Flying While Pregnant – Your Questions Answered
Life doesn’t stop just because you’re pregnant. You may still need to take that important business trip. Or you may want to take one last child-free vacation with your husband. You may need to travel to attend a wedding or funeral. The reasons for needing to travel are endless. But what do you need to know about flying while pregnant? And what are the risks and rules? There are a number of restrictions that airlines place on flying while pregnant. In this post, we explore the answers to five common questions about traveling during pregnancy.
1. Is flying safe while pregnant?
In general terms, yes. As long as you are in good health and there are no complications or concerns with your pregnancy, it is safe to fly right into your third trimester. However, if you are suffering from high blood pressure, placenta previa, gestational diabetes, pregnancy edema, or other worrisome conditions, your obstetrician may advise against flying until the symptoms settle.
2. Why are there flying while pregnant airline rules?
Most airlines have rules and restrictions about pregnant women flying. Some will stop you from flying at 36 weeks and others have restrictions as early as 28 weeks pregnant. The main reason for these rules is to keep you, and other passengers, safe. The biggest risk is that you’ll go into labor midflight. This could be a dangerous situation for you, your baby, and the staff and passengers on the plane.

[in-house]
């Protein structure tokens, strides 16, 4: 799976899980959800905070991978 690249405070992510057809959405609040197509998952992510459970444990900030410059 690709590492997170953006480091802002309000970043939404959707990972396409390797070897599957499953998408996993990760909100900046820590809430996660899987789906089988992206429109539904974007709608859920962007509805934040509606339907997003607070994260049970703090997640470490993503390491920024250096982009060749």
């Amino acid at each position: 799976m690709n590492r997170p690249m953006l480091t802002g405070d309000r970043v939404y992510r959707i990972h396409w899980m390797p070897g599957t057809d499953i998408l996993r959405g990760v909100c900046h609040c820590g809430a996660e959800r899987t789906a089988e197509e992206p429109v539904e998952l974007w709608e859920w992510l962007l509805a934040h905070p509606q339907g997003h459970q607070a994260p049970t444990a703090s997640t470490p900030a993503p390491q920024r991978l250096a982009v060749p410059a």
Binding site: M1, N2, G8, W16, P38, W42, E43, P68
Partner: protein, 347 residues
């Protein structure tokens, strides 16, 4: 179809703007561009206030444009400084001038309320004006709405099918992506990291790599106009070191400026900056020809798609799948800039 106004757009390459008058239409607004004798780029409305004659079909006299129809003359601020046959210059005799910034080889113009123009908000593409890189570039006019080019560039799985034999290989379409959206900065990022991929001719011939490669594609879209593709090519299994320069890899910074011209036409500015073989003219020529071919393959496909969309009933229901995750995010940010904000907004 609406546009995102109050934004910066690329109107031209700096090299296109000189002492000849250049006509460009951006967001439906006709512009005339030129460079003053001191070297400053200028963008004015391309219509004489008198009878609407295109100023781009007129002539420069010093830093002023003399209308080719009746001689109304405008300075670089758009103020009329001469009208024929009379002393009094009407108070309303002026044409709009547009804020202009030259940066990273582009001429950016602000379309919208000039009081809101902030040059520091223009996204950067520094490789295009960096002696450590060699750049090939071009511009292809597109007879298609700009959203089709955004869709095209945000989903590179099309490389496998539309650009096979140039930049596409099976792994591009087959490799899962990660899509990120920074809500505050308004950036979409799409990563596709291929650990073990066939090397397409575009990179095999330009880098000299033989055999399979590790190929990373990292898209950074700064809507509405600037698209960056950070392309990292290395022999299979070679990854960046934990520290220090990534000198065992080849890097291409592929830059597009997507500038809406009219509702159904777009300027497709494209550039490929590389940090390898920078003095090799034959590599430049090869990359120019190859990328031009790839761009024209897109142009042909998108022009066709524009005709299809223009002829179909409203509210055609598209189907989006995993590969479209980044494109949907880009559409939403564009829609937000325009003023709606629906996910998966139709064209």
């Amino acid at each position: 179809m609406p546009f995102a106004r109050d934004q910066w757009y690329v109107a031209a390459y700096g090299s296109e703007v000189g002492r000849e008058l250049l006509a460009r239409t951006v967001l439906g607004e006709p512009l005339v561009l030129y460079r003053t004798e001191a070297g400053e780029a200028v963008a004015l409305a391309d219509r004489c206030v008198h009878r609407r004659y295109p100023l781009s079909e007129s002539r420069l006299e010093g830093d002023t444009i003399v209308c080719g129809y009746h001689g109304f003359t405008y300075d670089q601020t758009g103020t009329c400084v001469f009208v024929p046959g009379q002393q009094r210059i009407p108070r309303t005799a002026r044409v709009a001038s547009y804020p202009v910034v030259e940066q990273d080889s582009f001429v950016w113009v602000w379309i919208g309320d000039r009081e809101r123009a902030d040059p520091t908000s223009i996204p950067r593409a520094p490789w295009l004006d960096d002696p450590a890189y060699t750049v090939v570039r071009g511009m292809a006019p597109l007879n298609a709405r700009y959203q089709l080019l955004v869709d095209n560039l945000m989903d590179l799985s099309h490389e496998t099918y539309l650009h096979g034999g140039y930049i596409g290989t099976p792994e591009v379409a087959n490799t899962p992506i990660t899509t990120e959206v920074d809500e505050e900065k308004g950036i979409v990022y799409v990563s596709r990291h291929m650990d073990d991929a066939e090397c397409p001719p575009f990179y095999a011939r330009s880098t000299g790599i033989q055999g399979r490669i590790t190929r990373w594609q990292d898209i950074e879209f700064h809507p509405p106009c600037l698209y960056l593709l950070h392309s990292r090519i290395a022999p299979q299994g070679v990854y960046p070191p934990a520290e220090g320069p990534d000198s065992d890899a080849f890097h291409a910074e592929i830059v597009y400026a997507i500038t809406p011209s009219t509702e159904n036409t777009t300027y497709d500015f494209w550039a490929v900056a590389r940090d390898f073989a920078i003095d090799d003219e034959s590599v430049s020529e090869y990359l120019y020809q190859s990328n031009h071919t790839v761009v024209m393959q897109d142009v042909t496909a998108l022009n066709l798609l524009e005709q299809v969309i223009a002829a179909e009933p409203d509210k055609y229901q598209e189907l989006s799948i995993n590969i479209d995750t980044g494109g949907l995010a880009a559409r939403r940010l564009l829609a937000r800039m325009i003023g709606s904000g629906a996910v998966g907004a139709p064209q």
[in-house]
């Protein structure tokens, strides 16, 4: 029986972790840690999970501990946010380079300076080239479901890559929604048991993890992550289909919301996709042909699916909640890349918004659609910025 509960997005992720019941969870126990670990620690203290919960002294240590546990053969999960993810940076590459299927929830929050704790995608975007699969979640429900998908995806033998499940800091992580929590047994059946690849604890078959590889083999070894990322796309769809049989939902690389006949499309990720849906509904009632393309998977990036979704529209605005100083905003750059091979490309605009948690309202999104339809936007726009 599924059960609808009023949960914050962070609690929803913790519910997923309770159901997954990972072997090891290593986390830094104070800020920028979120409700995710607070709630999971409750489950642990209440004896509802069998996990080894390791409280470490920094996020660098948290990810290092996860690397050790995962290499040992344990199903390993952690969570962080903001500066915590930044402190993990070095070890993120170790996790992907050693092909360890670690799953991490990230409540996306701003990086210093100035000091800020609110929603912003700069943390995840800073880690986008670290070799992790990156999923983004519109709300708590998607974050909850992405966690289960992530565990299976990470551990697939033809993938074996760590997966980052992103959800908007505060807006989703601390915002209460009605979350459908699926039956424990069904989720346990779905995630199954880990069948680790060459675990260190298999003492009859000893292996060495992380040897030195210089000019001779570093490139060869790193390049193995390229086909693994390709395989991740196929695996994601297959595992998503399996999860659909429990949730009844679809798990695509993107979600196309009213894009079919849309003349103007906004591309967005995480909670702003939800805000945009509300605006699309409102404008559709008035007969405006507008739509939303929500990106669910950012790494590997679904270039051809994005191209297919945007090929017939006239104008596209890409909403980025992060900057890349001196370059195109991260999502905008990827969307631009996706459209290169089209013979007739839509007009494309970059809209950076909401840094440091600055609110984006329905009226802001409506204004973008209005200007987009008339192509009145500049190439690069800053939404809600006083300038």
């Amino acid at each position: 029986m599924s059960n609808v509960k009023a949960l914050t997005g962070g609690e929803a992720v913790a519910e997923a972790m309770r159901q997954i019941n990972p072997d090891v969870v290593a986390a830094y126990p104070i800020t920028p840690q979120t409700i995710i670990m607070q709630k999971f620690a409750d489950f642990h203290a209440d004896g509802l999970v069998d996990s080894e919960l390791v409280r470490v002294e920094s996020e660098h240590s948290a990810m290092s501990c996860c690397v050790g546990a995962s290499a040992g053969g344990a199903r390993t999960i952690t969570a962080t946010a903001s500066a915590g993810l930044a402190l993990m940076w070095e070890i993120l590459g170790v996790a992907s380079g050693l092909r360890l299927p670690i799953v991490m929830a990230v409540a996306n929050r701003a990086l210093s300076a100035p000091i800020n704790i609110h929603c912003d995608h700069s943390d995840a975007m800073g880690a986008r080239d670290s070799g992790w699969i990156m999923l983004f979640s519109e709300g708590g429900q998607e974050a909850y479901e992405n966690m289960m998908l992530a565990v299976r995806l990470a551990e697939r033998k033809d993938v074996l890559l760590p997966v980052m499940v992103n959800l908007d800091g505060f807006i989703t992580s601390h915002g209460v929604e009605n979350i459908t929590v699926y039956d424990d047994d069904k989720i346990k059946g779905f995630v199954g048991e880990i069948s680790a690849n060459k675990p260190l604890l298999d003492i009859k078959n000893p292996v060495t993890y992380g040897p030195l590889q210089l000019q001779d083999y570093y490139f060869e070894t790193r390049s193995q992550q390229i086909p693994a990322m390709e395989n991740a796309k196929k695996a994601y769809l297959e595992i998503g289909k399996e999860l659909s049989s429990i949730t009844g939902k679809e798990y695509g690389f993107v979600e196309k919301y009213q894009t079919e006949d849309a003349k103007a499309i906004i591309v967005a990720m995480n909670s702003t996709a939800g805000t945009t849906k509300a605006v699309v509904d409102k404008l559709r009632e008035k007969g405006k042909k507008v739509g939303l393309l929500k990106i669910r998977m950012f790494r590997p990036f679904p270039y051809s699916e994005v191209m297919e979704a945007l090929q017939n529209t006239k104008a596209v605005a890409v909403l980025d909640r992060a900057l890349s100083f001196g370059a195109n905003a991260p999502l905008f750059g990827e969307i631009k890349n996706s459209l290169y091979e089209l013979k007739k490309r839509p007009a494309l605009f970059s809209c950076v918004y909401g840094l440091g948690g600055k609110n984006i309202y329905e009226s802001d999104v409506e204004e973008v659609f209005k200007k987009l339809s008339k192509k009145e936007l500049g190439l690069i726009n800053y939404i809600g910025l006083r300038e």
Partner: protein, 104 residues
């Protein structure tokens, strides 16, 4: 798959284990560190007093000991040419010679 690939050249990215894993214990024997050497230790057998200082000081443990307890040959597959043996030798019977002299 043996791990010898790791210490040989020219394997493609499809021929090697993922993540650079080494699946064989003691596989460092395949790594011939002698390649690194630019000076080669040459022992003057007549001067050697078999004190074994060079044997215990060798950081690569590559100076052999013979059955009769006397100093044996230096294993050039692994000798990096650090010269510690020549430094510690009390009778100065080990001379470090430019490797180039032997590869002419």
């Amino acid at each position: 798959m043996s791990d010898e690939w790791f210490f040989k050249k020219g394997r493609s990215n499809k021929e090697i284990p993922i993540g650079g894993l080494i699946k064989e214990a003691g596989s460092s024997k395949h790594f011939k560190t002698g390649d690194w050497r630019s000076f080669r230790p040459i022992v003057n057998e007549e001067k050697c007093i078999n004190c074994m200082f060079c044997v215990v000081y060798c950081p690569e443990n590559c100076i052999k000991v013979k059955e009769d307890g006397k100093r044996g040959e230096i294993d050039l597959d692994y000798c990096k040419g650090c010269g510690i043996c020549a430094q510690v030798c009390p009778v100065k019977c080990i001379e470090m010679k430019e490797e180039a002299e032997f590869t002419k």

3. When should pregnant women stop flying?
Basically, is there’s any chance of going into labor in the next 72 hours, you should avoid flying. And there’s also the return trip to consider. This is why most airlines set flying restrictions at 36 weeks pregnant.
If you’re planning on flying during the third trimester, you should get clearance from your obstetrician or midwife and ask them to provide a letter which you can show to airline staff. Be aware that most airlines do not actually ask you if you’re pregnant at the time of booking, but that won’t prevent you from being questioned as you go through the security gates or board the plane.
4. What are the risks of flying while pregnant?
Aside from going into labor, there are a couple of risks for pregnant women flying. The main ones are developing varicose veins or thrombosis (blood clots) from sitting for long periods in the pressurized cabin. Try and book a seat which offers a little extra legroom – Delta, United, and American Airlines are the three most spacious US airlines. You should also make sure that you get up and walk around to stretch your legs and get the blood flowing every thirty minutes or so. A quality pair of compression socks can also help to fight off blood clots and varicose veins.
General discomfort from pregnancy symptoms can also make flying while pregnant into a bit of an ordeal. If you are suffering from back pain, abdominal cramps, morning sickness, or a weakened bladder you may find that sitting for long periods in the cramped space of an airplane too uncomfortable. Listen to your body, talk to your midwife, and make decisions that are right for you.
5. What about flying internationally while pregnant?
Flying internationally is the same as flying domestically – except that you may need to consider the length of the flight and also check the entry requirements in the country that you are traveling to.
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